Prayer service tonight for Grantham murder victim aims to heal
Thursday night police responded to a 911 called from 80 Doc' Drive, the home of husband and wife James W. Perriello, 41, and Natalie Perriello, 42, and their four children.
Natalie Perriello was found dead. Her husband was arrested and charged with two charges of second degree murder for allegedly shooting her multiple times with a handgun. He is currently being held without bail in the Sullivan County of Corrections.
The Community Prayer and Healing service, led by Pastor Pat Williams, will be held at 6 p.m. at the United Methodist Church on Main Street.
Patricia Wells, a Grantham resident who also serves as a pastor in Claremont, will assist, Wells said.
';We felt a real need to offer members of the community time to be together and spend a time with prayer and healing and move beyond just feeling alone and upset and concerned … and find a place of peace and feel the healing presence of the Lord,'; Wells said.
Residents are concerned about the family members left behind, she said.
';We're hoping that the family, the children, receive the support they need and the grandparents,'; Wells said.
Perriello left behind four children, between 3 and 12 years old, and her parents Robert and Ann LaFlam of Meriden.
Perriello's brother, Robert LaFlam Jr., said the family needs time and space before making any statement.
';My sister was just as close to a perfect person as you could meet,'; LaFlam said.
The Lebanon High School community has also been rocked by the tragedy.
Perriello had been a technology teacher at the school and came into contact with students mostly in her computer classes.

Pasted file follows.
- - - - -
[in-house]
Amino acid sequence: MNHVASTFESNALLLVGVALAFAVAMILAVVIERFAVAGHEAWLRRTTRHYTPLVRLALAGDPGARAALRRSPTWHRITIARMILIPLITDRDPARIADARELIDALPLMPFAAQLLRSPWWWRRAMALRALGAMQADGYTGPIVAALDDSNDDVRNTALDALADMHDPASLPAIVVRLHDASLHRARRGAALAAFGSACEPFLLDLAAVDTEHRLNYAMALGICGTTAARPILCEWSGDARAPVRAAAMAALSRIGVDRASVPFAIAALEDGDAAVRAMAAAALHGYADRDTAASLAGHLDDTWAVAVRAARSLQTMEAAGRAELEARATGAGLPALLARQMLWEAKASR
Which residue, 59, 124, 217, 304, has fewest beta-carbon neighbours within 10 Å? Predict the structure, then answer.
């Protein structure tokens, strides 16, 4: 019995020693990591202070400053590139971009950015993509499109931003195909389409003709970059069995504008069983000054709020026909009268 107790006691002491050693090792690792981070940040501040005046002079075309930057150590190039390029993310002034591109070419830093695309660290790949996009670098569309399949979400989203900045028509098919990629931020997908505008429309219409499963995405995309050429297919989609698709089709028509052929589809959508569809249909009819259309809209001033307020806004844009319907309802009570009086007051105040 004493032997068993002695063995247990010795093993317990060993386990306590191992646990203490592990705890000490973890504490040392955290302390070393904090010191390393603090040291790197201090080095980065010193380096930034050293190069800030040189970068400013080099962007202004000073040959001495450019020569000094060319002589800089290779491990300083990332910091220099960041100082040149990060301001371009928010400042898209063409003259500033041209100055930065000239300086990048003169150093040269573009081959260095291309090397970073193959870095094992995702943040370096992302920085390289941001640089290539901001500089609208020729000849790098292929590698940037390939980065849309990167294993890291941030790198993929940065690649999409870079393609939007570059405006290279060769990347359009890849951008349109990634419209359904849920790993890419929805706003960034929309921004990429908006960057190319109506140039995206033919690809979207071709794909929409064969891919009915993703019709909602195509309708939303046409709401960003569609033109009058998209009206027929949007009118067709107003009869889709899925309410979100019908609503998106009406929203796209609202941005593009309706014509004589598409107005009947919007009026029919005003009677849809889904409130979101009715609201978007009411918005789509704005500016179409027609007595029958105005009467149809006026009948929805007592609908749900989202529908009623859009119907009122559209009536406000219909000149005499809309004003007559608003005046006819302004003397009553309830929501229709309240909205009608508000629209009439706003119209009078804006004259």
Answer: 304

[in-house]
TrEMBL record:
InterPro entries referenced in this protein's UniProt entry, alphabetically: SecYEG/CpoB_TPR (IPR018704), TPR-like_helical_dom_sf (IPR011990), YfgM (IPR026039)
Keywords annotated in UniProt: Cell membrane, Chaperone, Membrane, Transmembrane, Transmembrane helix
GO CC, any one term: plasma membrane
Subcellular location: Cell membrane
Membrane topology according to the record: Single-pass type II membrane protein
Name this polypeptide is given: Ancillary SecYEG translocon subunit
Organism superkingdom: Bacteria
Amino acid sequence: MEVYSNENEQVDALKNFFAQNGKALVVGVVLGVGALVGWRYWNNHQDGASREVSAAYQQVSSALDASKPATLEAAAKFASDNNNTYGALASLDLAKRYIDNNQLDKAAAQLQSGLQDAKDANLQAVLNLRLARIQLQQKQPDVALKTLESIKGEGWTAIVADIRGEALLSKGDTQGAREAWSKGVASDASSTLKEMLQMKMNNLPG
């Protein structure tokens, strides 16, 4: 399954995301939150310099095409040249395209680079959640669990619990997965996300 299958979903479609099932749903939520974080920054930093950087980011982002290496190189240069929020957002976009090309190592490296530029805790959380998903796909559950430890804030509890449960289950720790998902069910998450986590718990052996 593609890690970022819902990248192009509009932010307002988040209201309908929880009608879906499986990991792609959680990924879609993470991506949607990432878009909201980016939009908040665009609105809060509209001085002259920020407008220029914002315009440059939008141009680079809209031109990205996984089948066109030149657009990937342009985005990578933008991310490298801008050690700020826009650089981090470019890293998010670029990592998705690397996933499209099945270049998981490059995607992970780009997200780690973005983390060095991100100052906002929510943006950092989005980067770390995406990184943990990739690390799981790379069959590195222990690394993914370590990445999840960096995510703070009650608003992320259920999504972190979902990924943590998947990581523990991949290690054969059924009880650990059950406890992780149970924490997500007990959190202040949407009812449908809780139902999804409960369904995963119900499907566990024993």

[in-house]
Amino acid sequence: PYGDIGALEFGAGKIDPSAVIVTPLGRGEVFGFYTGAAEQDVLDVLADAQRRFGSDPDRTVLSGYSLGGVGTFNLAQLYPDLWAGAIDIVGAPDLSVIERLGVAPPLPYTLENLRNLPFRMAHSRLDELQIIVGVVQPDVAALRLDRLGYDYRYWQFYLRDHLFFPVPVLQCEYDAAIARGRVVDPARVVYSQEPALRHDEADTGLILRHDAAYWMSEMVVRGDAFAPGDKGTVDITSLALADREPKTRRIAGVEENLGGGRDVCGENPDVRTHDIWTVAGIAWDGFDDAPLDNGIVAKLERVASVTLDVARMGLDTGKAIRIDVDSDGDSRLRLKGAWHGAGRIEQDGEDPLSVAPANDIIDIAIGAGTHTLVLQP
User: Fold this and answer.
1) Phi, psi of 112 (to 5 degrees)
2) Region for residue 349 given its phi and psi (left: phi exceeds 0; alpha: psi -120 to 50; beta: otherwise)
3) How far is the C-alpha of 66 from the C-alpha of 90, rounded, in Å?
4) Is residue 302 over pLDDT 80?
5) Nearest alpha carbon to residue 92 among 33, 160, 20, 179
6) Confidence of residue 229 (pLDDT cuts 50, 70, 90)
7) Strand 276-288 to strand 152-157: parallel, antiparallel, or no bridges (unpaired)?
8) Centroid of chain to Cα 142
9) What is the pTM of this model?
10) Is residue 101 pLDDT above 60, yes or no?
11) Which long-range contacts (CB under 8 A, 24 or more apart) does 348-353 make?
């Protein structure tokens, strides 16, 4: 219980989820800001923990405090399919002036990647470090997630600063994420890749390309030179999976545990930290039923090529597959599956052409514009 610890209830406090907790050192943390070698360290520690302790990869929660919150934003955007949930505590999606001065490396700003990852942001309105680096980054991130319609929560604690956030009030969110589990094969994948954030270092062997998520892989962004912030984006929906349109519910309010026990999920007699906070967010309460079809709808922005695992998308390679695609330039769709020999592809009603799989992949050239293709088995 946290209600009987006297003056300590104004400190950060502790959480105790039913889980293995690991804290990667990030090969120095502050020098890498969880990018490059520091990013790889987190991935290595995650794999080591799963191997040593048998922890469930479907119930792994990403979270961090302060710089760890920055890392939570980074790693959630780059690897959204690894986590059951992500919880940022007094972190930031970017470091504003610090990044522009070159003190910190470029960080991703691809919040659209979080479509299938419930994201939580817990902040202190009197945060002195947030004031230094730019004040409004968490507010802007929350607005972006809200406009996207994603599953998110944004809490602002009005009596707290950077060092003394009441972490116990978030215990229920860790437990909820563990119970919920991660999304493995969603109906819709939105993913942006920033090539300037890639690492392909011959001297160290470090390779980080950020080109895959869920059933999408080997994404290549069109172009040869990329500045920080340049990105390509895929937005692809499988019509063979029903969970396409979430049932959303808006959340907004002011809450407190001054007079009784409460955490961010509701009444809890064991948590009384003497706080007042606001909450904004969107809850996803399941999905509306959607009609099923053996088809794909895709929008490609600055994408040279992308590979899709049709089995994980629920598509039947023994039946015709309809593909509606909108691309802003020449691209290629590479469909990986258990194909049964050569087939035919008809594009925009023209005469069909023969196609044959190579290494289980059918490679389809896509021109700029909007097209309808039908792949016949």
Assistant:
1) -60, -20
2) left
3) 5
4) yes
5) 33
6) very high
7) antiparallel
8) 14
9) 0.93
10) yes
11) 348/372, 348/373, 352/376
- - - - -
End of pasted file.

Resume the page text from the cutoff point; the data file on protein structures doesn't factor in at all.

The Lebanon Police Chief met with faculty early Friday morning, said teacher Aileen Sullivan.
';It was such as shock'; to hear the news, Sullivan said.
Teachers were given a letter to read to their students as well as supplemental support material.
The reaction from the students reflected her impact as a teacher, she said. ';It showed a lot about what a special person she was to the kids. She really cared about the students.';
Guidance counselors as well as counselors from community agencies were available Friday to support the grieving school community.
Then on Saturday the school held an open house from 10 a.m. to 1 p.m. for students and staff seeking counseling.
Sullivan said the guidance department plans to continue offering counseling for the remainder of the school year.
Lebanon High School senior Elisabeth Gobin, 18, of Grantham said her mother, who is also a teacher at the high school, came to her room before school to tell her what had happened.
Gobin was a student in Perriello's Government in Action/the Learning Studio Class. The class was also taught by Jason Tetu.
When Gobin had signed up for the new elective, she had thought it would be about government, but it was actually a forum in which students could help shape school polices, Gobin said.
';It became one of my favorite classes, cause Mrs. Perriello and Mr. Tetu took us so seriously. When we had a concern in the school, they took us so seriously. … It just worked. Everybody ended up loving this class.';
Because it was a new elective class, on Friday the students had planned to go around the school to sign up students to take the class next year, Gobin said. As a reward, Perriello said she would bring her students chocolate chip cookies and chocolate milk.
The gesture of kindness toward her students was all Gobin could think of when she learned of her death.
';When I got to school, it was really hard. And she didn't deserve that. Nobody does,'; Gobin said.
At the school on Friday she and her mother along with some other staff and students toasted Perriello with chocolate milk.